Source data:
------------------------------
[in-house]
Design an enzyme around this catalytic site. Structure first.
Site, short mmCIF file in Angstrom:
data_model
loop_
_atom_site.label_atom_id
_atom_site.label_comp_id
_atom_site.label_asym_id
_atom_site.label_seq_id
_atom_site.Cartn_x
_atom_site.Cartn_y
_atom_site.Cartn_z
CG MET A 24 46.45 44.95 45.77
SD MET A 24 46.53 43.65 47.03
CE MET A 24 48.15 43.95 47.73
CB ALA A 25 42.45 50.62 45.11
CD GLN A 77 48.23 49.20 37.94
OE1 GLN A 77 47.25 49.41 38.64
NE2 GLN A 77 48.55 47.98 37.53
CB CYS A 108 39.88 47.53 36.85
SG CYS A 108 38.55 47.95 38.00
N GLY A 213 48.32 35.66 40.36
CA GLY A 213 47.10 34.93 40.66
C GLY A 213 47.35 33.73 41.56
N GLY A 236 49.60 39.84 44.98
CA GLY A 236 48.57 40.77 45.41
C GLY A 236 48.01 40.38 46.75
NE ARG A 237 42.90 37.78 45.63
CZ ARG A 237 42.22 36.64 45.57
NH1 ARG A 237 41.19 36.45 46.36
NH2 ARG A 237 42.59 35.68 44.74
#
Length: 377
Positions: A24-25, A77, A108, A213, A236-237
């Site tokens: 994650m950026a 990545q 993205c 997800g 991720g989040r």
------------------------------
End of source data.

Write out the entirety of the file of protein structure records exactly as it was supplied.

[in-house]
Design an enzyme around this catalytic site. Structure first.
Site, short mmCIF file in Angstrom:
data_model
loop_
_atom_site.label_atom_id
_atom_site.label_comp_id
_atom_site.label_asym_id
_atom_site.label_seq_id
_atom_site.Cartn_x
_atom_site.Cartn_y
_atom_site.Cartn_z
CG MET A 24 46.45 44.95 45.77
SD MET A 24 46.53 43.65 47.03
CE MET A 24 48.15 43.95 47.73
CB ALA A 25 42.45 50.62 45.11
CD GLN A 77 48.23 49.20 37.94
OE1 GLN A 77 47.25 49.41 38.64
NE2 GLN A 77 48.55 47.98 37.53
CB CYS A 108 39.88 47.53 36.85
SG CYS A 108 38.55 47.95 38.00
N GLY A 213 48.32 35.66 40.36
CA GLY A 213 47.10 34.93 40.66
C GLY A 213 47.35 33.73 41.56
N GLY A 236 49.60 39.84 44.98
CA GLY A 236 48.57 40.77 45.41
C GLY A 236 48.01 40.38 46.75
NE ARG A 237 42.90 37.78 45.63
CZ ARG A 237 42.22 36.64 45.57
NH1 ARG A 237 41.19 36.45 46.36
NH2 ARG A 237 42.59 35.68 44.74
#
Length: 377
Positions: A24-25, A77, A108, A213, A236-237
């Site tokens: 994650m950026a 990545q 993205c 997800g 991720g989040r």